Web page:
KIDS IN BUSINESS: WHEN THE NEXT GENERATION IS THE FOUNDING GENERATION
Life was a lot simpler when I was growing up. As kids, there was a lot of playing out on the street for hours, roaming around with friends and neighbours with not a care in the world. But still, there was already an entrepreneurial spirit as we took to baking cakes and cupcakes and setting up a little stand on a quiet corner to sell them. Most days we only made a few dollars, but one day a prison van pulled over full of prisoners who bought the lot. In terms of scaling up we thought we had hit the big time.
Fast forward and as we know it’s a totally different world. For most parents letting their kids roam around untethered on the streets in the presence of strangers (presumed baddies) would have them break out in a cold sweat. And there have been lightspeed changes in the kidpreneur space as well.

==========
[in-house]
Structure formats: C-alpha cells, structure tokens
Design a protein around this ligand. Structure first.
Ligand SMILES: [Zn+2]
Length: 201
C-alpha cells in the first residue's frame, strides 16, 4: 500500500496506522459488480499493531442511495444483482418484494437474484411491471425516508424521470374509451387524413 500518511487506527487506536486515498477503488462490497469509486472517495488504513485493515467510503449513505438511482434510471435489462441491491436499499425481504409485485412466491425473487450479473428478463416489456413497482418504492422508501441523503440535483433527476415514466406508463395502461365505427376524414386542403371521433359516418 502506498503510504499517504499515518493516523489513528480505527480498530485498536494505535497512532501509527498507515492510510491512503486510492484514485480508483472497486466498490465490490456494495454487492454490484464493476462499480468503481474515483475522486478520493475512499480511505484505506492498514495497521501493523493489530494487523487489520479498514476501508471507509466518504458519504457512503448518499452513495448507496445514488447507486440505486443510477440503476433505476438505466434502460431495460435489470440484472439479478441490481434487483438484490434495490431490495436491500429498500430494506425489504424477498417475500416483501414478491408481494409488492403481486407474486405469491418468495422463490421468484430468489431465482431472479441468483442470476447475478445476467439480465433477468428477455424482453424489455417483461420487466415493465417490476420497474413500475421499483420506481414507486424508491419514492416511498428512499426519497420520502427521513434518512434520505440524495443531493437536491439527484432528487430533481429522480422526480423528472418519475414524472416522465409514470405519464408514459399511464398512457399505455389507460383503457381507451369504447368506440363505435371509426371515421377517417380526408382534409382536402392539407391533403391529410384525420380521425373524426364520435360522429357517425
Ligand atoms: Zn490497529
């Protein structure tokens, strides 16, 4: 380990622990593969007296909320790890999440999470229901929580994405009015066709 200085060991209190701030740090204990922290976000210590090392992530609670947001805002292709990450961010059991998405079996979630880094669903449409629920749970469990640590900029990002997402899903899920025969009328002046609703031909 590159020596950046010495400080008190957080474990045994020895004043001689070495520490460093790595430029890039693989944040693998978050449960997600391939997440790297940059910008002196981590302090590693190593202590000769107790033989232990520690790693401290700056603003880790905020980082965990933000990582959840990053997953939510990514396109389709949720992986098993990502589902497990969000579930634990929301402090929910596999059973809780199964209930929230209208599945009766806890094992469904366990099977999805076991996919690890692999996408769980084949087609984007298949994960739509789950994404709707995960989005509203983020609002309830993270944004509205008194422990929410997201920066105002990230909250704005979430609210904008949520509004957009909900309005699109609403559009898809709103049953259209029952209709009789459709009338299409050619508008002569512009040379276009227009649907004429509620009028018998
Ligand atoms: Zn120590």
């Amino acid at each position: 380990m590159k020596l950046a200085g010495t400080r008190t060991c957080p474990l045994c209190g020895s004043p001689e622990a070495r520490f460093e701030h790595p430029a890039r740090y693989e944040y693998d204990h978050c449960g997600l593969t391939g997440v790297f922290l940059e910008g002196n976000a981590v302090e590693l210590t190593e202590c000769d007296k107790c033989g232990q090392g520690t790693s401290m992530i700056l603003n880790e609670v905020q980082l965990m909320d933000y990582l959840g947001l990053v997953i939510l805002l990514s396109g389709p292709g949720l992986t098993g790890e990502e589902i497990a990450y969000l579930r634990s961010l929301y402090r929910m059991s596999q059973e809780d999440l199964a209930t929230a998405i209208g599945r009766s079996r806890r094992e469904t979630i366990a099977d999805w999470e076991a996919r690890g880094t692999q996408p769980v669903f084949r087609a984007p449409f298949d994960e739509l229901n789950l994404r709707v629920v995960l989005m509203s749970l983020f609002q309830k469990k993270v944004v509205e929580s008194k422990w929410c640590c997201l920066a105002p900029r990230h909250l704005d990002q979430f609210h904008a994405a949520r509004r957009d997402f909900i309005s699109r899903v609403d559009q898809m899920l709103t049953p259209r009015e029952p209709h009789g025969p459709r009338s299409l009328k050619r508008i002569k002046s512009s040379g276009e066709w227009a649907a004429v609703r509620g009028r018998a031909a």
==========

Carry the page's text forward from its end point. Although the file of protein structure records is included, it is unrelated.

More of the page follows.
We have gone from the good old cake or lemonade stands of the past, to very young children starting down the entrepreneurial path with unprecedented ability to scale. Ryan, of Ryan Toysreview started ‘unboxing’ toys on YouTube when he was 4 years old. And according to Forbes, in the 12 months leading up to June 1, 2018 he was the year’s highest-paid YouTube star, earning $22 million. Ryan Toysreview has 21 million subscribers and releases content daily.
So what happens when the family business starts in this way? When the ‘founder’ is in fact the next generation. And what are the lines between setting your child up for financial freedom, and exploiting their childhood? And how young is too young?
Like many things in life there is no black and white answer here. Child labour is heavily legislated however the same regulations do not apply to family business. Children have been working in family businesses with little visibility for centuries. The difference with these modern businesses are that the kids are front and centre, and often that comes with a very public profile. With the pressures of social media, and the intense scrutiny that can come with that it’s still too early to tell what the longer-term impacts may be.